Ancient Greek, the name of the city was Ἀθῆναι (Athēnai, pronounced
Classical Attic) a plural. In earlier Greek, such as
Homeric Greek, the name had been current in the singular form though, as Ἀθήνη (Athēnē).
 It was possibly rendered in the plural later on, like those of Θῆβαι (
Thêbai) and Μυκῆναι (
Μukênai). The root of the word is probably not of Greek or
 and is possibly a remnant of the
Pre-Greek substrate of Attica.
 In antiquity, it was debated whether Athens took its name from its patron goddess
Attic Ἀθηνᾶ, Athēnā,
Ionic Ἀθήνη, Athēnē, and
Doric Ἀθάνα, Athānā) or Athena took her name from the city.
 Modern scholars now generally agree that the goddess takes her name from the city,
 because the ending -ene is common in names of locations, but rare for personal names.
 During the medieval period, the name of the city was rendered once again in the singular as Ἀθήνα. However, after the establishment of the modern Greek state, and partly due to the conservatism of the written language, Ἀθῆναι
[aˈθine] became again the official name of the city and remained so until the abandonment of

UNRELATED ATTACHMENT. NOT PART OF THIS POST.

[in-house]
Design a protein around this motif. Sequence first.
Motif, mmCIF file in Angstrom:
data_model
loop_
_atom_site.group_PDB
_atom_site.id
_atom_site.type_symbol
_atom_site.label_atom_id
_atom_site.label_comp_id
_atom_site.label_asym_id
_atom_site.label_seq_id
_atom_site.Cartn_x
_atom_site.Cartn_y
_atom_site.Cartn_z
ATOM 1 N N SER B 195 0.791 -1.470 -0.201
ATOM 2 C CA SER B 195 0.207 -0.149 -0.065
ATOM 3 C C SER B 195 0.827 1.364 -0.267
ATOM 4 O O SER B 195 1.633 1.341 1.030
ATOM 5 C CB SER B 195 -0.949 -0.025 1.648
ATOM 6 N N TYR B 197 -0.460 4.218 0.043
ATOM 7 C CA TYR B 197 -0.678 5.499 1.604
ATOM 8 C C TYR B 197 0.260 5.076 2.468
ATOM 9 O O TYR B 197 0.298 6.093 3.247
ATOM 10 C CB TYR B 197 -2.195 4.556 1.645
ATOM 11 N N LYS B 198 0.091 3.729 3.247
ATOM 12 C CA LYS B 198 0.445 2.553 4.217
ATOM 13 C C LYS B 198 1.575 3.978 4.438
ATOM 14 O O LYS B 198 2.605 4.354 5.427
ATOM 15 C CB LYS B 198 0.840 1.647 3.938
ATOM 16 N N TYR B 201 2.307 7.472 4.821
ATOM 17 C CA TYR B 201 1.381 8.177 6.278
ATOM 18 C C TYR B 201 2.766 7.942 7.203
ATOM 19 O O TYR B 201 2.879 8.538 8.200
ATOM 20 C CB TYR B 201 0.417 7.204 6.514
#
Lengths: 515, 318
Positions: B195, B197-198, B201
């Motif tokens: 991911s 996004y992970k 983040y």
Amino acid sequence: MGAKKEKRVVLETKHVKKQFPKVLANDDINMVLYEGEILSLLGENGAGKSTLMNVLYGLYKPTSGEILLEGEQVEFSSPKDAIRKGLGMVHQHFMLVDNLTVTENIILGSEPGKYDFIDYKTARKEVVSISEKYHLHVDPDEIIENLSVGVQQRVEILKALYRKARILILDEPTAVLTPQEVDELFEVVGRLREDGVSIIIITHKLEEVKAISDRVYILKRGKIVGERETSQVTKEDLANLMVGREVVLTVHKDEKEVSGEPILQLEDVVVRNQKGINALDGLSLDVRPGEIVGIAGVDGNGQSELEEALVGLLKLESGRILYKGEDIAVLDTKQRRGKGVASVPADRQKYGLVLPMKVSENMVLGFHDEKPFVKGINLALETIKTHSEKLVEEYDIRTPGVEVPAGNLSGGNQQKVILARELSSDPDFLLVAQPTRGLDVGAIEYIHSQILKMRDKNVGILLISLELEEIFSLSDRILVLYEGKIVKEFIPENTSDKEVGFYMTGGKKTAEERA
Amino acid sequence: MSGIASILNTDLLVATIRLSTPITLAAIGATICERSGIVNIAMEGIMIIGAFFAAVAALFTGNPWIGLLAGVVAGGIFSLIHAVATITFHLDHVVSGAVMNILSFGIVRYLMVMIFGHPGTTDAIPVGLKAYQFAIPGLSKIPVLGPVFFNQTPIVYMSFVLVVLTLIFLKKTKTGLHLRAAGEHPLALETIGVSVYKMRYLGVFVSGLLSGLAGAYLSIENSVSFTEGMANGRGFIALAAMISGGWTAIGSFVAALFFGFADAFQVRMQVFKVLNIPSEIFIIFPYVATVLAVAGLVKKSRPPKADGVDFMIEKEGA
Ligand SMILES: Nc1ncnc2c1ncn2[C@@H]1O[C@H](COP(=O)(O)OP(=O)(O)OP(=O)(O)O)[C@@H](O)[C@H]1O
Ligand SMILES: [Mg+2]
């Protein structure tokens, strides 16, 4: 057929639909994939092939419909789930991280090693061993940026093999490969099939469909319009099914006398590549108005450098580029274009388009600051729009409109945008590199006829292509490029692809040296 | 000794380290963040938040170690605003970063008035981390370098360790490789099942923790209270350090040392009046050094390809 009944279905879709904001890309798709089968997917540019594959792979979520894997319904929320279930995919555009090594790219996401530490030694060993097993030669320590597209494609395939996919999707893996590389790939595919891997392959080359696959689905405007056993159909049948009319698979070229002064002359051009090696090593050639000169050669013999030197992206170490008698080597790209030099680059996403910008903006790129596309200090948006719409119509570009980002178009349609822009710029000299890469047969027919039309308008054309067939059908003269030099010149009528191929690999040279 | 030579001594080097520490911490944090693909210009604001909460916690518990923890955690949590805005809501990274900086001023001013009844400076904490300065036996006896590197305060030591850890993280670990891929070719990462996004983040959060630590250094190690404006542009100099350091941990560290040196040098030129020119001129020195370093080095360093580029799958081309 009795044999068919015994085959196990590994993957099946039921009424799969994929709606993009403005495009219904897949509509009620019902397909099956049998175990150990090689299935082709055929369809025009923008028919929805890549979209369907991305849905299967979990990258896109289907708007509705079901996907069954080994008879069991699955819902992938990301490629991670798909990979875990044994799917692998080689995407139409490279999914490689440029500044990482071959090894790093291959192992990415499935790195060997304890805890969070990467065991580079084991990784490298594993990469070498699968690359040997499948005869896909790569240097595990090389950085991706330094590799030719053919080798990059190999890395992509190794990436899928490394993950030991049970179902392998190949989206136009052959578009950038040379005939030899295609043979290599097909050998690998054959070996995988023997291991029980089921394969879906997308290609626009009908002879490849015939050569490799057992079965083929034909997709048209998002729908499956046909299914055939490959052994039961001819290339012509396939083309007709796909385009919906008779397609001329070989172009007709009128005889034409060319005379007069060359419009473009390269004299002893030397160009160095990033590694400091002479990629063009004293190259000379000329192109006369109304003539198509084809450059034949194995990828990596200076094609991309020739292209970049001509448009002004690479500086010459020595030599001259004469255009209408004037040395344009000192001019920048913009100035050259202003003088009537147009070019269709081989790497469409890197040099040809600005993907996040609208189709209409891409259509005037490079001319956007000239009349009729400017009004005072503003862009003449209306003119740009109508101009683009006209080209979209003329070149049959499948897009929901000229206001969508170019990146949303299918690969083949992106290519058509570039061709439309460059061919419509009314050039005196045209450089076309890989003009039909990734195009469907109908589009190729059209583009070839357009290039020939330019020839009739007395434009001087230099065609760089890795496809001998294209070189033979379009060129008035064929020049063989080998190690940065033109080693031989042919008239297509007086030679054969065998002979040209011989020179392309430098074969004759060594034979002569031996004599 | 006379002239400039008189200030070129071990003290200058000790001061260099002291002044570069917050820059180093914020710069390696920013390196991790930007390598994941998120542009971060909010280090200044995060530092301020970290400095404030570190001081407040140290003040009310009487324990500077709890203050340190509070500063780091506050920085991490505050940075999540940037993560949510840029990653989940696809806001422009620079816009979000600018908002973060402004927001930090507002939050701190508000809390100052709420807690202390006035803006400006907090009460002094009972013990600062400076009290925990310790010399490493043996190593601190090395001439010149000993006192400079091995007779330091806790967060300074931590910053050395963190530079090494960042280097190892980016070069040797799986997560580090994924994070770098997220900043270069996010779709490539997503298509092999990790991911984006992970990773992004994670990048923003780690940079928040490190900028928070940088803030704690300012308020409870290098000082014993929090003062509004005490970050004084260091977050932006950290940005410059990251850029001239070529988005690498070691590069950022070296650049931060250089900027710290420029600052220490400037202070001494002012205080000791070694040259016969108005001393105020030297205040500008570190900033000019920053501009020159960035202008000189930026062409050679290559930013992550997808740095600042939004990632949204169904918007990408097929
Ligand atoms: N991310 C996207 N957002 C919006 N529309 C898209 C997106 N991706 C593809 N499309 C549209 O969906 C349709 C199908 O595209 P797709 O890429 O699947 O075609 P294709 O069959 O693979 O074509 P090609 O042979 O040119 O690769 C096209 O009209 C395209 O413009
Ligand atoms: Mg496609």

Katharevousa in the 1970s, when Ἀθήνα, Athína, became the official name.
According to the ancient Athenian
founding myth, Athena, the goddess of wisdom, competed against
Poseidon, the god of the seas, for patronage of the yet-unnamed city;
 they agreed that whoever gave the Athenians the better gift would become their patron
 and appointed
Cecrops, the king of Athens, as the judge.
 According to the account given by
Pseudo-Apollodorus, Poseidon struck the ground with his
trident and a salt water spring welled up.
 In an alternative version of the myth from
Georgics, Poseidon instead gave the Athenians the first horse.
 In both versions, Athena offered the Athenians the first domesticated
 Cecrops accepted this gift
 and declared Athena the patron goddess of Athens.
Different etymologies, now commonly rejected, were proposed during the 19th century.
Christian Lobeck proposed as the root of the name the word ἄθος (áthos) or ἄνθος (ánthos) meaning "flower", to denote Athens as the "flowering city".
Ludwig von Döderlein proposed the stem of the verb θάω, stem θη- (tháō, thē-, "to suck") to denote Athens as having fertile soil.
In classical literature, the city was sometimes referred to as the
City of the Violet Crown, first documented in Pindar's ἰοστέφανοι Ἀθᾶναι (iostéphanoi Athânai), or as τὸ κλεινὸν ἄστυ (tò kleinòn ásty, "the glorious city"). In medieval texts, variant names include Setines, Satine, and Astines, all derivations involving
false splitting of prepositional phrases.
 Today the caption η πρωτεύουσα (ī protévousa), "the capital", has become somewhat common.